When it comes to speaking on video, I’ll be the first to admit that it’s never come easily to me. And after shooting a LOT of videos .. I also have a TON of outtakes, so get ready to giggle!
If you’ve ever struggled with speaking on camera, this post is for you.
While it’s easy to beat ourselves up for not looking and sounding the way we want, it’s going to be a LOT more pro-active if you build on your presence and confidence with a step-by-step plan. I like to break this down into 3 main components: PREP, ASSESS, and BUILD. Let’s go through what these all mean.
This is the first phase of just making sure everything is in order to SUPPORT you in making the best video possible. You can’t get down on yourself if you don’t have a plan in place for what you’ll say!
I’ve always prepared for my blog videos by first drafting a script, reading the script out-loud a few times until I have the gist of it memorized, and giving myself permission to roll off-the-cuff once in a while. For me, having that game plan in place is what makes the difference so I can share clear, concise content.
I find that it also helps to break down the script of my video into three main sections. You can find the full blog post about exactly that by clicking here. Sections prevent overwhelm and who doesn’t like bite-sized chunks, right?
More recently, I’ve started to use a teleprompter. Yes, this takes a bit more work up front to write out those posts, exactly like how I would actually speak, but the time I save in recording them is INSANE. With a teleprompter, I can now easily pump out 4 videos within a couple hours .. where it would’ve taken me all day before. You can check out my favorite teleprompter app right here.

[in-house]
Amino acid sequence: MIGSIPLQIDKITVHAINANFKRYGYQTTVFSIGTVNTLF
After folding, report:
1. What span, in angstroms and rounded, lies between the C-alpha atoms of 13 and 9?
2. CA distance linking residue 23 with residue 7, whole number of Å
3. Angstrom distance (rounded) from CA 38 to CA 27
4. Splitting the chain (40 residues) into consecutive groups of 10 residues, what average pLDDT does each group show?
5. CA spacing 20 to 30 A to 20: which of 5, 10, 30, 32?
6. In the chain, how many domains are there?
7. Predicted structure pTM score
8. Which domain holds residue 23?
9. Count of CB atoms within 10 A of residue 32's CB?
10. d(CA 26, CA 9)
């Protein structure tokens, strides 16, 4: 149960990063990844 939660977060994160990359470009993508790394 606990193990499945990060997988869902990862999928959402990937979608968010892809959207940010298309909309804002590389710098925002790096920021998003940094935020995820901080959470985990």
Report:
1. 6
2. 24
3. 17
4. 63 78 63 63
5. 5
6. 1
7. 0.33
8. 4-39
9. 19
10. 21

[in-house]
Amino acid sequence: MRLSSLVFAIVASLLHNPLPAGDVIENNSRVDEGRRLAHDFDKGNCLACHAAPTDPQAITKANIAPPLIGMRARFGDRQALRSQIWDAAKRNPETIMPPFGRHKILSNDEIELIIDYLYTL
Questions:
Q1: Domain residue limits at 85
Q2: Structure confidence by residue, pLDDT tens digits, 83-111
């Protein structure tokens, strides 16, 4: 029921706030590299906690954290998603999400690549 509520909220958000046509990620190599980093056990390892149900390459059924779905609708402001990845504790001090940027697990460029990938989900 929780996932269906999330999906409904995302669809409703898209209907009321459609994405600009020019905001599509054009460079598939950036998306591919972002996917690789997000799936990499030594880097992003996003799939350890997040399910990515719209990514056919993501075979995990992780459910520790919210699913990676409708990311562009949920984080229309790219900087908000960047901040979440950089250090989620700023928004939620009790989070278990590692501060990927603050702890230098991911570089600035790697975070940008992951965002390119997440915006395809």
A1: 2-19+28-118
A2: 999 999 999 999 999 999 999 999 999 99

Even with preparation, there will be days where speaking just does NOT want to come easily, and that’s okay! The best way to overcome self doubt is to be kind to yourself in your practice and positive self-critique. Which brings us to our next component: ASSESS.
This is where you watch your videos back and make specific notes on things you want to improve on … while being KIND to yourself.
The key thing is to make sure your notes are kind and actionable. For instance, instead of “I hate the sound of my voice”, instead try something like, “I’ll try to enunciate my words better so I’m clearer.”
Or instead of, “I never make any sense”, try something like, “I’ll make sure to pause after each idea to give myself a chance to slow down and re-gather my thoughts”.
I’d recommend choosing just ONE THING to improve on, and working on that consistently until you see results. Choose one thing to work on and do it consistently.Don’t burden yourself with too many things off the top! You’ll get much better results when you get focused on ONE THING at a time, and slowly build on your camera confidence. You’ll actually be surprised at how much faster you’ll improve too! Then finally, you can move onto BUILD.
This is when you begin to see improvements in your camera presence, and you can start to build onto the next improvement.
For example, maybe you wanted to work on not speaking so fast on camera. Once you’ve been able to slow down your tempo, you can move into using more advanced methods like voice projection and body movements.
For those of you with a tough inner critic, I’ve got another tip for you: from working with dozens of clients on their camera presence, I can tell you that MANY of those things that bother you (and can really chip away at your confidence) are not even noticeable to viewers on the other end. Know that self-criticism comes from our own perceptions, and often has little bearing on how the public views you. So be kind to yourself, okay?
Don’t be afraid to bring out your natural quirks. BE YOU. And know that the right people will resonate with your message 🙂
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